Tuesday, September 28, 2004


It's mid-autumn festival in Hong Kong and lanterns are everywhere - ranging from the beautiful traditional paper variety to plastic, battery operated cartoon characters that light up and jiggle to the 'lambada'.

The festivities started for me on Saturday night when I went out for a dinner with Daisy's family. Her mum was leaving the following morning for their village in China and the dinner was their mid-autumn celebration together before she left.

Despite our struggle to communicate, Daisy's mum and I are becoming better friends by the day. After our orchid shopping trip a few weeks ago, she gifted me with a plant from their house. She's also been bragging to everyone on Saigon St about how neatly I fold my t-shirts.

I was very honoured to be invited to the dinner which was just me and the immediate family. Taking my cue from Daisy's mum I dressed up a little, not knowing where we were headed. It turned out that I needn't have bothered.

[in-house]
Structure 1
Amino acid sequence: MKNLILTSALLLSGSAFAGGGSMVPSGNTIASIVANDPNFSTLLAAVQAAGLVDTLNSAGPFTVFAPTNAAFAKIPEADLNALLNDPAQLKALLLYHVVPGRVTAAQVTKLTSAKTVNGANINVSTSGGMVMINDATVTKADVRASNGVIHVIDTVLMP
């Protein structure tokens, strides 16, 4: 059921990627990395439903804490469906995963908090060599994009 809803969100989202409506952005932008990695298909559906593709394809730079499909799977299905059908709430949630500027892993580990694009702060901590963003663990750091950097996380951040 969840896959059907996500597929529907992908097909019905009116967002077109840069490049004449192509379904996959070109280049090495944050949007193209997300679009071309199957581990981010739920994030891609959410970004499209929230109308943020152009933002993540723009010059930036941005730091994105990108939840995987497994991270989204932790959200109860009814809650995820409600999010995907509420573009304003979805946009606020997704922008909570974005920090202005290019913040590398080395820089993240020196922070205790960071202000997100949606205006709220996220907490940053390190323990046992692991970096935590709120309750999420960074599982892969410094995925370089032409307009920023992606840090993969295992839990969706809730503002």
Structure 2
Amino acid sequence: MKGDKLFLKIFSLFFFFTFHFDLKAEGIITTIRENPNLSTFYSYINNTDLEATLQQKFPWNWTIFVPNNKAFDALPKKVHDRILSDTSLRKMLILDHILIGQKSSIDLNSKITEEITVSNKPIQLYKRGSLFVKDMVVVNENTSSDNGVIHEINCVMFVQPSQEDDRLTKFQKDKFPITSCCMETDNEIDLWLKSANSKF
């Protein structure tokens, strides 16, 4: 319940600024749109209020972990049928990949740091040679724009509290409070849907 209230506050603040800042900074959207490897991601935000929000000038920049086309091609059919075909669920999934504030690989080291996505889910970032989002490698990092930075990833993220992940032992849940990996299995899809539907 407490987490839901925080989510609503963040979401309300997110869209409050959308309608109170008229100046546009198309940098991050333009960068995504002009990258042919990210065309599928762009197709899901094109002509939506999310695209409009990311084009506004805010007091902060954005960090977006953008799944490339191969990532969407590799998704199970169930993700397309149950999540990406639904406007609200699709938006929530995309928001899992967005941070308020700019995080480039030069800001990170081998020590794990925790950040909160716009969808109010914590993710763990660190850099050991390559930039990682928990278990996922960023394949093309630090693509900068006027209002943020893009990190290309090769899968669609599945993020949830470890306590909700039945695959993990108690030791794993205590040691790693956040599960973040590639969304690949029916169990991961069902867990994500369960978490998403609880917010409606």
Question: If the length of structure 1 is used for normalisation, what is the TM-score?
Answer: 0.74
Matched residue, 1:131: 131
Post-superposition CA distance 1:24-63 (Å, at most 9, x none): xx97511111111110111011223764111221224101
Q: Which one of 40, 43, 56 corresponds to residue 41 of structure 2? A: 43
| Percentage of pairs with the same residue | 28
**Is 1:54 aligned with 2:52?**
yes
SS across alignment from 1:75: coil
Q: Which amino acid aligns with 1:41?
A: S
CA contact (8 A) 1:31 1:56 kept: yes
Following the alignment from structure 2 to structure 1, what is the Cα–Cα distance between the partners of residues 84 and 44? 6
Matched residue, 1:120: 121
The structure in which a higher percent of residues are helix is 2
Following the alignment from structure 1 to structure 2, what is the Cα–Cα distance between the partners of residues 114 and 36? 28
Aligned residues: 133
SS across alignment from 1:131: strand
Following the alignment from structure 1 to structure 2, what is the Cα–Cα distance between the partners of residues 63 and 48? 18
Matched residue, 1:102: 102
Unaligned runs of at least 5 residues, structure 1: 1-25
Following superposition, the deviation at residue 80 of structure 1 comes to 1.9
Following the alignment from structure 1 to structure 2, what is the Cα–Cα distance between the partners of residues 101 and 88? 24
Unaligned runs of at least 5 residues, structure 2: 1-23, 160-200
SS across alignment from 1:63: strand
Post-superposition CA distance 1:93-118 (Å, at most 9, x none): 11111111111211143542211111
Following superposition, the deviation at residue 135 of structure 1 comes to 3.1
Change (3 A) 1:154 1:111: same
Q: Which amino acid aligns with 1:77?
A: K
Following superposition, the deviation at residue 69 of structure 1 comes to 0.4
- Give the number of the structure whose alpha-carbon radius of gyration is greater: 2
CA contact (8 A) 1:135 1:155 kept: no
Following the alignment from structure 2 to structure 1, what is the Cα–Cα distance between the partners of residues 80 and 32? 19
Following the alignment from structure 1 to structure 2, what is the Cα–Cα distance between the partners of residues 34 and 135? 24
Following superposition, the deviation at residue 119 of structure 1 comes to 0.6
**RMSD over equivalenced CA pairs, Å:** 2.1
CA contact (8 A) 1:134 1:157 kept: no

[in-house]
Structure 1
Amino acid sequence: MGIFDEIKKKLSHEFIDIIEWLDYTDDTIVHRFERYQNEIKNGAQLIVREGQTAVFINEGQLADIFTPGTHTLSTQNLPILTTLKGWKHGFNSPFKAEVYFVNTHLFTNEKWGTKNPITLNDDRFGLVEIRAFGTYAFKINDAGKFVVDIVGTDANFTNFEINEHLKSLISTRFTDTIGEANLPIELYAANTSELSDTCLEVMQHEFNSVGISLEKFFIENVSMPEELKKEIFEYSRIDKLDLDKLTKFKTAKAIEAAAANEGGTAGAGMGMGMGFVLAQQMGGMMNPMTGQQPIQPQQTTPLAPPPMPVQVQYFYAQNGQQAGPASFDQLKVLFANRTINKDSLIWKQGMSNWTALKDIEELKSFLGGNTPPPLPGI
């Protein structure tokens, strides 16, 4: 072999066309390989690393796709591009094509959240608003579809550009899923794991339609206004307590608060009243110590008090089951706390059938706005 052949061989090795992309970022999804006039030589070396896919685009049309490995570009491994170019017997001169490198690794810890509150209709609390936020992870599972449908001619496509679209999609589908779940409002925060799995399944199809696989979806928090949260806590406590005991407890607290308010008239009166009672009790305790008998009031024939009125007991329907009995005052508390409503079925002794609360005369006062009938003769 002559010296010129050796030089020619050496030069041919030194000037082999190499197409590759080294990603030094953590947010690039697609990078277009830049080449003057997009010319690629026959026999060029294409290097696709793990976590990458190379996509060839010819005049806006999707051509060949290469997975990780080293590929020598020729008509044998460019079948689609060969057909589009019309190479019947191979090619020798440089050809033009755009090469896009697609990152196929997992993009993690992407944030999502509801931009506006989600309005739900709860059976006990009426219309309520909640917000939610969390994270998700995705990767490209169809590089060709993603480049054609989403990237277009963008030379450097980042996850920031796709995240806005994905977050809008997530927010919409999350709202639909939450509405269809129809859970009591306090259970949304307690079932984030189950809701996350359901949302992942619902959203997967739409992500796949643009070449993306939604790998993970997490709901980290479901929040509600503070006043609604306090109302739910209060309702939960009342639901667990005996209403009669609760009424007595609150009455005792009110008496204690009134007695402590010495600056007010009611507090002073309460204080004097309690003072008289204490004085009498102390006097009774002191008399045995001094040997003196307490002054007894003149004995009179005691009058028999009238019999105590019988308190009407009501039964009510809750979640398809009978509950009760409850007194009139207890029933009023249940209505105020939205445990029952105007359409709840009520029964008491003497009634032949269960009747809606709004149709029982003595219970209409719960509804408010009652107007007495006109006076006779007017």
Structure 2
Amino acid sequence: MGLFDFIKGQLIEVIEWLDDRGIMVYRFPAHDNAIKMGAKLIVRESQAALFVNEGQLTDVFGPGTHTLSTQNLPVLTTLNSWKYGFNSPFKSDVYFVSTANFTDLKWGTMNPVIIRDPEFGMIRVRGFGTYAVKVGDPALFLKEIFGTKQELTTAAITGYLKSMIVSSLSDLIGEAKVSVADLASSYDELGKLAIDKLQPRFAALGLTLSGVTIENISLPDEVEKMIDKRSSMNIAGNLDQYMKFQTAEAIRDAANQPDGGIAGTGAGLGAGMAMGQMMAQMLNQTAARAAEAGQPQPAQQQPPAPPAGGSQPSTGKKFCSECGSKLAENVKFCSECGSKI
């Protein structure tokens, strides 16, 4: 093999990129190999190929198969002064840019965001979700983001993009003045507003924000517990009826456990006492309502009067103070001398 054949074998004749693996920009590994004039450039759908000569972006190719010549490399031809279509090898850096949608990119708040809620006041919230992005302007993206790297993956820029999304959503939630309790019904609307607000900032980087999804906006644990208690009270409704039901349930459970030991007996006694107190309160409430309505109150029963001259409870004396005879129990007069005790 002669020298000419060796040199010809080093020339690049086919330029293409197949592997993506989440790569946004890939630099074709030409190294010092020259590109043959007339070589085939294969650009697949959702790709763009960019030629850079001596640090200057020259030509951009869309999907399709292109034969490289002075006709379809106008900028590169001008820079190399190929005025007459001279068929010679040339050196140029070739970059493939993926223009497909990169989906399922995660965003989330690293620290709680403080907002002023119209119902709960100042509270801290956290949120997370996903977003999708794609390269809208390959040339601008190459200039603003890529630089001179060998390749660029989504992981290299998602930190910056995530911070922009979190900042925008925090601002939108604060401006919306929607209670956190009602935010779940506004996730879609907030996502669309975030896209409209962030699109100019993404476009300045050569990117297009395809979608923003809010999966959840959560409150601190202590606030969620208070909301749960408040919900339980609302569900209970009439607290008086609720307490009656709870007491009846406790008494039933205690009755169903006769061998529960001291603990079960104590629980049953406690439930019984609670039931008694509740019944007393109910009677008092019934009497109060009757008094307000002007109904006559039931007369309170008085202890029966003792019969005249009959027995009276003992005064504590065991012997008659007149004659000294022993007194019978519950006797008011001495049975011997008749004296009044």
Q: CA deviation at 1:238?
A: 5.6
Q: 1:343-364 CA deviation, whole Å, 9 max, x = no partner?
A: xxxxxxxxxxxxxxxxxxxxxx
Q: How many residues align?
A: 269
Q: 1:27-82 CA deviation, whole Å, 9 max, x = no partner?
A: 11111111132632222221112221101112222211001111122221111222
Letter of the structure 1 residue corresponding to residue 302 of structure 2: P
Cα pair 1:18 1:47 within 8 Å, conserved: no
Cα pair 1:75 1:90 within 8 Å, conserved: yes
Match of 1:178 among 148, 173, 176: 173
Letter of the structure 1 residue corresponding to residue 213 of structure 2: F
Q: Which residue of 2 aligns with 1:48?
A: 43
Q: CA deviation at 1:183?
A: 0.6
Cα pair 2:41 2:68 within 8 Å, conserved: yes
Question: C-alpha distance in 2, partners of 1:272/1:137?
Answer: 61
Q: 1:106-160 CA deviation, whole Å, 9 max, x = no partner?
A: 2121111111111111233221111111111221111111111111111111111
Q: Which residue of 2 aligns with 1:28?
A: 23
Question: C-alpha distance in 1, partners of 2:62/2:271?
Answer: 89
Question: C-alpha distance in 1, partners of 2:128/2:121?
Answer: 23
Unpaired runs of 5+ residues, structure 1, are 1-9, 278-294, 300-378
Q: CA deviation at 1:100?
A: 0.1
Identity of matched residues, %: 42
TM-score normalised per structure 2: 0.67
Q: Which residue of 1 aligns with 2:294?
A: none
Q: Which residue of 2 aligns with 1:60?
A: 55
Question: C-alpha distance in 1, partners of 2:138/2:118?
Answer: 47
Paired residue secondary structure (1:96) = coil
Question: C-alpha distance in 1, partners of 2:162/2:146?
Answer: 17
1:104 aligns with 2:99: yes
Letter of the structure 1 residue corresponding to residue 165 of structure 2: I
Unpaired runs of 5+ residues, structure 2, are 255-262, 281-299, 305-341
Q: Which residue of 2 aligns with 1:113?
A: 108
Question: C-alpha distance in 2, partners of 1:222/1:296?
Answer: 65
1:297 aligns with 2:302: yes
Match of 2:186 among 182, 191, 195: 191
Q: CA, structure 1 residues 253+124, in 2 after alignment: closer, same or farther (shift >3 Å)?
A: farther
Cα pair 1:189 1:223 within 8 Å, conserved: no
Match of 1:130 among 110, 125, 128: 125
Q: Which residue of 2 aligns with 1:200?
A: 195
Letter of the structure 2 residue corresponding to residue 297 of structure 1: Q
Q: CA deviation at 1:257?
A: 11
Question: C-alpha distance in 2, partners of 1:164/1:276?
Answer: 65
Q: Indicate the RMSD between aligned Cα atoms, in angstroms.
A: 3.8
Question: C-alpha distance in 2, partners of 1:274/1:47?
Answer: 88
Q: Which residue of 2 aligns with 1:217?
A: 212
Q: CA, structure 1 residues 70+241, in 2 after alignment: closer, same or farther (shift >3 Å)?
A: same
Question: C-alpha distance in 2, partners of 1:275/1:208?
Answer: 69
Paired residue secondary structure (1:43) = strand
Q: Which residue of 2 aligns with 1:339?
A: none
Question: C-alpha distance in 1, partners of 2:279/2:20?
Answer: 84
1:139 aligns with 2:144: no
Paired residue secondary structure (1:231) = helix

The restaurant we went to was close to home. Actually, I've been there twice before. Once when Daisy's aunt was visiting from China and a second time two weeks ago with Daisy, Nancy and my friend Y who was about to leave for Canada after being accepted as a refugee.

The mid-autumn meal was hot pot. It was only my second time and I still haven't become a hot pot lover. On Saturday, most of the items for cooking could be categorised as either fish or fungus. Accustomed as I am to rice and bread, a stomach full of fish and fungus felt kind of strange

But even stranger than the feelings in my stomach was the clientele. From geriatric grandparents to triad bosses, there seemed to be at least one person in each group yelling and thumping on the table. The men at the table next to us were engaging in an arm wrestling competition.

But I spotted the weirdest thing when I went to the bathroom. One family on the other side of the restaurant had brought their two pomeranians along for the meal. It might have been unremarkable except that the pomeranians were both seated on chairs like the rest of the family. I didn't notice whether they had plates in front of them.

Maybe Daisy's mum and I can take the orchids for a meal next time. In the meantime, I'm awaiting her return and enjoying the TWO! public holidays this week.

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